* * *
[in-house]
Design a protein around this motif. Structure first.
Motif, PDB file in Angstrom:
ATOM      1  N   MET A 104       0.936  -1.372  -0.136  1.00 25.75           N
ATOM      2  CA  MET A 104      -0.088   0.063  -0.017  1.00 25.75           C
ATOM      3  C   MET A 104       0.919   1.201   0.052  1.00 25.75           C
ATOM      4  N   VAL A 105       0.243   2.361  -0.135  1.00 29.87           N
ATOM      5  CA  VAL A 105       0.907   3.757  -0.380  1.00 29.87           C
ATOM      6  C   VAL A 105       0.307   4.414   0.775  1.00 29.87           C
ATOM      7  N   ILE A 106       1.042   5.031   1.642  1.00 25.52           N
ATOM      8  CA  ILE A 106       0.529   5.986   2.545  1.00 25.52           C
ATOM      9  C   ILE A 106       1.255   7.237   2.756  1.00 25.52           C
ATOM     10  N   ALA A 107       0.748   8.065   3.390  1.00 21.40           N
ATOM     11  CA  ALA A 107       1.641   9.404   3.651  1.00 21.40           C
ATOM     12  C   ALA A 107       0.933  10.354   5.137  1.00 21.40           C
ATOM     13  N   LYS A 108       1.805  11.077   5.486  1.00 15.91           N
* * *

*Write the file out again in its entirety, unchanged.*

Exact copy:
[in-house]
Design a protein around this motif. Structure first.
Motif, PDB file in Angstrom:
ATOM      1  N   MET A 104       0.936  -1.372  -0.136  1.00 25.75           N
ATOM      2  CA  MET A 104      -0.088   0.063  -0.017  1.00 25.75           C
ATOM      3  C   MET A 104       0.919   1.201   0.052  1.00 25.75           C
ATOM      4  N   VAL A 105       0.243   2.361  -0.135  1.00 29.87           N
ATOM      5  CA  VAL A 105       0.907   3.757  -0.380  1.00 29.87           C
ATOM      6  C   VAL A 105       0.307   4.414   0.775  1.00 29.87           C
ATOM      7  N   ILE A 106       1.042   5.031   1.642  1.00 25.52           N
ATOM      8  CA  ILE A 106       0.529   5.986   2.545  1.00 25.52           C
ATOM      9  C   ILE A 106       1.255   7.237   2.756  1.00 25.52           C
ATOM     10  N   ALA A 107       0.748   8.065   3.390  1.00 21.40           N
ATOM     11  CA  ALA A 107       1.641   9.404   3.651  1.00 21.40           C
ATOM     12  C   ALA A 107       0.933  10.354   5.137  1.00 21.40           C
ATOM     13  N   LYS A 108       1.805  11.077   5.486  1.00 15.91           N